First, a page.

1 9 6 9 – 1 9 7 0 (UK)
26 x 60 minute episodes
In the course of investigating a murder case, private investigator Marty Hopkirk (Kenneth Cope) was mistaken for his partner Jeff Randall (Mike Pratt) and had a contract placed on him. A hired assassin subsequently knocked him down and drove away, leaving Marty dead in the road.
After the funeral, Jeff encountered Marty’s ghost, dressed all in white, and together they decided to bring those responsible for Marty’s death to justice.
While Marty couldn’t be seen by anyone other than Jeff and was unable to touch anyone or anything (so couldn’t help Jeff in the constant fistfights he found himself in), the two made a formidable – if erratic – team.
Unable to interfere physically, Marty often assisted Jeff (such as informing him if someone was hiding behind a door waiting to offer violence, thereby allowing Jeff to prepare himself) and was capable of making his presence felt – he could create hurricane conditions by simply blowing, while extreme concentration resulted in the shattering of mirrors.
The supernatural element of the episodes was principally used for comedy relief and throughout the series, various people overheard snatches of Jeff’s conversations with the invisible and inaudible Marty, quickly arriving at the conclusion that poor Jeff was somewhat insane.
This concept reached its natural conclusion in the episode ‘A Disturbing Case’ when Marty’s widow Jean (Australian actress Annette Andre) and her sister Jenny had him committed to a mental hospital for observation.
Jeff also often found himself running foul of Detective Inspector Large (Ivor Dean, pictured) of the local plod.
Randall’s office is just off Trafalgar Square and much of the action was set around the Soho area of London.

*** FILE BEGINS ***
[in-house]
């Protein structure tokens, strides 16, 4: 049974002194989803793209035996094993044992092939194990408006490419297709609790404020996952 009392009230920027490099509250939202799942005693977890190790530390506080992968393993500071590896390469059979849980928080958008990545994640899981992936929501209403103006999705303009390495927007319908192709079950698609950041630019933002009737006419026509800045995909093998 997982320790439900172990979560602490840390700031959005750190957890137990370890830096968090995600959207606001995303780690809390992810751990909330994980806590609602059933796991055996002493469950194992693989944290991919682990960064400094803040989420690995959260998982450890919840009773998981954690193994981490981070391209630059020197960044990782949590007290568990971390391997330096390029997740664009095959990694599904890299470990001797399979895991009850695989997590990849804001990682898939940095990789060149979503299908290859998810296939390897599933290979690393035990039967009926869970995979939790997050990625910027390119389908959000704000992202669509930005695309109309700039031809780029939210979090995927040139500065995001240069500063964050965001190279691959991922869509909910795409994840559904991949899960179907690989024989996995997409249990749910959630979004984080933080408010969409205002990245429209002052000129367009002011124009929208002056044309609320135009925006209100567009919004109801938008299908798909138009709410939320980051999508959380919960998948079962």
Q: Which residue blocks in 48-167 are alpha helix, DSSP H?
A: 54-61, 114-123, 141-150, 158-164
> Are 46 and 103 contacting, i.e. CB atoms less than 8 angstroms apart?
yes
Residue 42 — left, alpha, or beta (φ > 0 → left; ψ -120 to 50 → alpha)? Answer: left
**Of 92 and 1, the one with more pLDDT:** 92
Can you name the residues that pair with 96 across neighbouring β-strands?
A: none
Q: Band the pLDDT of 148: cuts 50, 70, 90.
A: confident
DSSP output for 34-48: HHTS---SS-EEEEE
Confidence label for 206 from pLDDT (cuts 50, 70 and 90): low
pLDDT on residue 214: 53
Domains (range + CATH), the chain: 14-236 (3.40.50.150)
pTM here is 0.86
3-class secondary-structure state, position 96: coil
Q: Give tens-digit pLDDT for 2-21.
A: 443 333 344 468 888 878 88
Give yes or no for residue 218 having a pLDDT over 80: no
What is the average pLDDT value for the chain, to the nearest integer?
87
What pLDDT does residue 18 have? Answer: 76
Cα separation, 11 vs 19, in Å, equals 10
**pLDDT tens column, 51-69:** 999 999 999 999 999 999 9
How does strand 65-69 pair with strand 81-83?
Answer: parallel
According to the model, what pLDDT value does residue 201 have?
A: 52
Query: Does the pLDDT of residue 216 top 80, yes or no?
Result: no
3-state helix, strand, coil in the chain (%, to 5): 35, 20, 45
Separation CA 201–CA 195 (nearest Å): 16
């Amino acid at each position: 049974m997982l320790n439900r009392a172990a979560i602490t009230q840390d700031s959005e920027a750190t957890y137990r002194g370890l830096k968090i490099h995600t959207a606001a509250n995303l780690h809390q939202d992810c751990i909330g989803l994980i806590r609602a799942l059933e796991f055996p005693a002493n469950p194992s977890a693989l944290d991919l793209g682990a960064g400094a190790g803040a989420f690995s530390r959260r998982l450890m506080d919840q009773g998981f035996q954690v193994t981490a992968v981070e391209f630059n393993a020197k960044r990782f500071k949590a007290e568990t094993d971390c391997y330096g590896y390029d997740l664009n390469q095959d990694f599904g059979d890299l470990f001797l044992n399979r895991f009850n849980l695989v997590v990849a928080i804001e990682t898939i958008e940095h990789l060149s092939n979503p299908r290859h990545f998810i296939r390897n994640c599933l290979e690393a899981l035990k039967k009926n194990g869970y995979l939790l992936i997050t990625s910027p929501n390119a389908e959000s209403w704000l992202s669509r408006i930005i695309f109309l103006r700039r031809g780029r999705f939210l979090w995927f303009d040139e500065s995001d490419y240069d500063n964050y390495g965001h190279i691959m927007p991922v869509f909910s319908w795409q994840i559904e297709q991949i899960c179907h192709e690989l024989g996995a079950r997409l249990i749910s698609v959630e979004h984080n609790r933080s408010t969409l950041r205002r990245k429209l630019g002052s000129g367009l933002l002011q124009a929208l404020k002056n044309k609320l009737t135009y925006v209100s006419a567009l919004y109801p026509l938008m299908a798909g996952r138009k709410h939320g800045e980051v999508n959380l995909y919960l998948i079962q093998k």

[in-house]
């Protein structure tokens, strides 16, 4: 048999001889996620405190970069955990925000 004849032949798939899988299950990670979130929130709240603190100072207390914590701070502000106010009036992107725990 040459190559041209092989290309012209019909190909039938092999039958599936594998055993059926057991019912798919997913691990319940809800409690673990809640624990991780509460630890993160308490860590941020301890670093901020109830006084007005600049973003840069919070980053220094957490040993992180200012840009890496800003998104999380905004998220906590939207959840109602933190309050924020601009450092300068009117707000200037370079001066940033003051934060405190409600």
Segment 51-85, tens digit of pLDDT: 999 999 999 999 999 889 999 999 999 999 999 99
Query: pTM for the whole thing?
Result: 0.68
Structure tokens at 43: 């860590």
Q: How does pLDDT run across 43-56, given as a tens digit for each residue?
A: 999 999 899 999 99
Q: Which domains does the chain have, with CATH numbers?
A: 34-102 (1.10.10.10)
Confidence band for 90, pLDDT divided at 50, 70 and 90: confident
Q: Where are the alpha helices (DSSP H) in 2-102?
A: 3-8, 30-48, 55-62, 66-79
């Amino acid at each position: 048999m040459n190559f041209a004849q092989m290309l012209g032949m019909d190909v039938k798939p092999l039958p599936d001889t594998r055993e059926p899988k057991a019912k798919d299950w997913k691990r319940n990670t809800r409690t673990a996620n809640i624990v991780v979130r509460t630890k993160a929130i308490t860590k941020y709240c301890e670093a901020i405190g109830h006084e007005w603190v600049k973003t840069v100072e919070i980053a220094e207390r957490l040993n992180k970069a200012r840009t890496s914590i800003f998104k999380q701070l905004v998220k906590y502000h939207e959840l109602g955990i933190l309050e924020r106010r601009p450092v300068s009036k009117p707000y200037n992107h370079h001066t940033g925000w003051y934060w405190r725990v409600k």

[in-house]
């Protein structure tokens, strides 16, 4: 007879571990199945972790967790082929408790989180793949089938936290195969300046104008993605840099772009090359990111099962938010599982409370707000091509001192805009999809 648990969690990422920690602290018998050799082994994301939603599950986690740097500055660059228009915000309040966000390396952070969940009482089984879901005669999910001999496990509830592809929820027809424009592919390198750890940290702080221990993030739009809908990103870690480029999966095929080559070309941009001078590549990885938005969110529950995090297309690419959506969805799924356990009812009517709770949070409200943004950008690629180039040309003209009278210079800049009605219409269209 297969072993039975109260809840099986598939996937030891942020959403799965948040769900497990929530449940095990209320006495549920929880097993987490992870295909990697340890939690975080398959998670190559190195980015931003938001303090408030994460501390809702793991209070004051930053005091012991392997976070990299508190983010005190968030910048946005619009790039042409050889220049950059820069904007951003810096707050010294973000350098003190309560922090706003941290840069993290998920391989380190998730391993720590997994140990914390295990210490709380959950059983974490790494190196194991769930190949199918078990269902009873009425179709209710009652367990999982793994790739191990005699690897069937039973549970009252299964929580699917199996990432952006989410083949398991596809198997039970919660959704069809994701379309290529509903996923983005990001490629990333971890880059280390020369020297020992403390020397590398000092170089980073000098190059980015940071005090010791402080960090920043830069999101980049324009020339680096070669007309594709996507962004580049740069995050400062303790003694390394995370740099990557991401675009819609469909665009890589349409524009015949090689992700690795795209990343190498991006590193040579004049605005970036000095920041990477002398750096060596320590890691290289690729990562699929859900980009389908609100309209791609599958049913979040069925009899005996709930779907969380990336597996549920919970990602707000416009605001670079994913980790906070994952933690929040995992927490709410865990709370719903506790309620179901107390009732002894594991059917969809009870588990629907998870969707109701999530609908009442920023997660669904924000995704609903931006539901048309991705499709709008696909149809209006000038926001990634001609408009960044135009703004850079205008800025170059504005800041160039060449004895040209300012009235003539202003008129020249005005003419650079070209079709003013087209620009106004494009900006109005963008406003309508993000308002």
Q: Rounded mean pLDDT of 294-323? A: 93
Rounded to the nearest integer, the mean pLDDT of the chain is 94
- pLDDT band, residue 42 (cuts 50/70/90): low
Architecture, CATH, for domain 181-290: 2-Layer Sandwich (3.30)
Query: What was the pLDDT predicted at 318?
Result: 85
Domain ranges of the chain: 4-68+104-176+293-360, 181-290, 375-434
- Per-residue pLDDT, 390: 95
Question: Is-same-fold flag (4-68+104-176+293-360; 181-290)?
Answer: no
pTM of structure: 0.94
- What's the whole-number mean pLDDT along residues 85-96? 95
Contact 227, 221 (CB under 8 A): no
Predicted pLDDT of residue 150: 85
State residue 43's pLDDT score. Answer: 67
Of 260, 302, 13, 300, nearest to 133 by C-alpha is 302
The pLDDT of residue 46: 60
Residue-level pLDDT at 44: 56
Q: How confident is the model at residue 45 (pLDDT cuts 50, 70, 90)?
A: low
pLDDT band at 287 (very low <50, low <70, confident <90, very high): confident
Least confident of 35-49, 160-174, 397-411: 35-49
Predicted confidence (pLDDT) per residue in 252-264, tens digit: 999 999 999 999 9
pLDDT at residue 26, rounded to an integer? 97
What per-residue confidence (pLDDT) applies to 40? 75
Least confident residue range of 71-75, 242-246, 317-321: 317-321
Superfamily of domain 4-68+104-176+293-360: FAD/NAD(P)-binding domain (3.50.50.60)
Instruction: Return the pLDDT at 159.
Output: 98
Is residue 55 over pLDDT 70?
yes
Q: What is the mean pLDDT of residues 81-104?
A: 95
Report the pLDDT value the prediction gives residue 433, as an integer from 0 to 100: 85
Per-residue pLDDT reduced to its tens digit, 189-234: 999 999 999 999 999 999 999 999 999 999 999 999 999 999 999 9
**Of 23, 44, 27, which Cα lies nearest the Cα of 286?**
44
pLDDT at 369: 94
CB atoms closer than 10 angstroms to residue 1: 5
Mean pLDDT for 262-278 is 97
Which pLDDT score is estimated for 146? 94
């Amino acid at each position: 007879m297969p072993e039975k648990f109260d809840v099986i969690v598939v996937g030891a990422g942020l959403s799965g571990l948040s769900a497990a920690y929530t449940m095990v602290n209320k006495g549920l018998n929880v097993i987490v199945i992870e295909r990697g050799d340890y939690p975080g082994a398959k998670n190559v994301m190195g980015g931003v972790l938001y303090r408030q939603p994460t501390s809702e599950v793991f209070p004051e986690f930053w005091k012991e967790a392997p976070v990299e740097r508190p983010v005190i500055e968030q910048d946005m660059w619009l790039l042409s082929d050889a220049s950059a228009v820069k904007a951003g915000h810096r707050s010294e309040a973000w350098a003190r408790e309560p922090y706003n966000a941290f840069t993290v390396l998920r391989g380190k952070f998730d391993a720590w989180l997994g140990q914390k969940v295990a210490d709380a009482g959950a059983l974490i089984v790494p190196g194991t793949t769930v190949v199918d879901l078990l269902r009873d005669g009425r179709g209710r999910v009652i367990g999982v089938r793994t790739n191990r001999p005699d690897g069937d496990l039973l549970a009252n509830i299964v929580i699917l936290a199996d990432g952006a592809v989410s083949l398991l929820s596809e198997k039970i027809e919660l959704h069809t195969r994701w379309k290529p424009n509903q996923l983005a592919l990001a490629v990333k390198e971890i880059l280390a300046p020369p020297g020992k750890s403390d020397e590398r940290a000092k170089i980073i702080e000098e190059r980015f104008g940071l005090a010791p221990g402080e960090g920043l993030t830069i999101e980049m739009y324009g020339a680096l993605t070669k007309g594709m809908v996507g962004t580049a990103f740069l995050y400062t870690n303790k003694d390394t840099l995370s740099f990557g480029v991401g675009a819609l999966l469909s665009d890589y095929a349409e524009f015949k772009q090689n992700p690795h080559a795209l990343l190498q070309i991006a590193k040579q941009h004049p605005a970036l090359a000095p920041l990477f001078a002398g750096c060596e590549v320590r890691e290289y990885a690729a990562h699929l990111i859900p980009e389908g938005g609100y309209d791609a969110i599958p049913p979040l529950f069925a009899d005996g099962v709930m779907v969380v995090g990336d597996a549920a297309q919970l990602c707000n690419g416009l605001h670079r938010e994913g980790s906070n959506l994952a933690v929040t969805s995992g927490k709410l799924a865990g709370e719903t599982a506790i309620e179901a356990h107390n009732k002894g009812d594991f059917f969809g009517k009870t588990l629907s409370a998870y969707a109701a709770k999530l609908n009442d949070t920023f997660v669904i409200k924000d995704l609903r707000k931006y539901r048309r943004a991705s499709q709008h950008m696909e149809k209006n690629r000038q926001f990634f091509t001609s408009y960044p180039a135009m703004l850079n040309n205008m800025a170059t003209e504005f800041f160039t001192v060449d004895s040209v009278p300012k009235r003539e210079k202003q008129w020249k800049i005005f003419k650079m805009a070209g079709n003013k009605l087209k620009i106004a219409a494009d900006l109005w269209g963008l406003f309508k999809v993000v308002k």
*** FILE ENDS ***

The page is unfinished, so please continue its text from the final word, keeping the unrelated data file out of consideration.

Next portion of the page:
Accordingly many episodes featured nightclubs, seedy bars, illegal casinos and dancing girls.
Randall was constantly on the brink of financial ruin and resorted frequently to borrowing from Jeannie (her car, her money) much to Marty’s disgust.
The show was designed to appeal to a trans-Atlantic audience but despite its popularity in both the UK and the US (where it was unimaginatively retitled My Partner the Ghost) the show failed to get a second series.
The format was resurrected in 2000 by the BBC as a vehicle for comedy duo Vic Reeves and Bob Mortimer. Unfortunately, the revival failed to recapture the appeal of the original series.
My Late Lamented Friend & Partner | A Disturbing Case | All Work and No Pay | Never Trust A Ghost | That’s How Murder Snowballs | Just for the Record | Murder Ain’t What It Used to Be | Whoever Heard of a Ghost Dying? | The House on Haunted Hill | When did you Start to Stop Seeing Things? | The Ghost Who Saved the Bank at Monte Carlo | For the Girl Who Has Everything | But What a Sweet Little Room | Who Killed Cock Robin? | The Man From Nowhere | When the Spirit Moves You | Somebody just Walked over my Grave | Could You Recognize the Man Again? | A Sentimental Journey | Money to Burn | The Ghost Talks | It’s Supposed to be Thicker than Water | The Trouble with Women | Vendetta for a Dead Man | You Can Always Find a Fall Guy | The Smile Behind the Veil